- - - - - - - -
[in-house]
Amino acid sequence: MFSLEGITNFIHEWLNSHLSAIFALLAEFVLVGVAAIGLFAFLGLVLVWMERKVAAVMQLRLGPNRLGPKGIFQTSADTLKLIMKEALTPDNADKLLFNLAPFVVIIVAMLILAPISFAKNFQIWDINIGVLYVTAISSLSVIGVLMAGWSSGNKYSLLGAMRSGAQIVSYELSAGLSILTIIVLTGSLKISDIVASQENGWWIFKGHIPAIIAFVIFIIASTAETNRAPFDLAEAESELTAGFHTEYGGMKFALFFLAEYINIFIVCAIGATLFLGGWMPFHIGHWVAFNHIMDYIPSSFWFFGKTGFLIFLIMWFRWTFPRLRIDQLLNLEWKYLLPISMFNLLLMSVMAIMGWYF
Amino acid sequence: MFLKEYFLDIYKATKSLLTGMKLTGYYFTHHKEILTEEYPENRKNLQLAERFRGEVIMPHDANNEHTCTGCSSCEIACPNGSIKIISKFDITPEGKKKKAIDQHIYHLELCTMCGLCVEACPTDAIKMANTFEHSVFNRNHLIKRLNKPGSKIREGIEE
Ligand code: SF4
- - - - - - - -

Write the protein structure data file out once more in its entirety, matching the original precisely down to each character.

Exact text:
[in-house]
Amino acid sequence: MFSLEGITNFIHEWLNSHLSAIFALLAEFVLVGVAAIGLFAFLGLVLVWMERKVAAVMQLRLGPNRLGPKGIFQTSADTLKLIMKEALTPDNADKLLFNLAPFVVIIVAMLILAPISFAKNFQIWDINIGVLYVTAISSLSVIGVLMAGWSSGNKYSLLGAMRSGAQIVSYELSAGLSILTIIVLTGSLKISDIVASQENGWWIFKGHIPAIIAFVIFIIASTAETNRAPFDLAEAESELTAGFHTEYGGMKFALFFLAEYINIFIVCAIGATLFLGGWMPFHIGHWVAFNHIMDYIPSSFWFFGKTGFLIFLIMWFRWTFPRLRIDQLLNLEWKYLLPISMFNLLLMSVMAIMGWYF
Amino acid sequence: MFLKEYFLDIYKATKSLLTGMKLTGYYFTHHKEILTEEYPENRKNLQLAERFRGEVIMPHDANNEHTCTGCSSCEIACPNGSIKIISKFDITPEGKKKKAIDQHIYHLELCTMCGLCVEACPTDAIKMANTFEHSVFNRNHLIKRLNKPGSKIREGIEE
Ligand code: SF4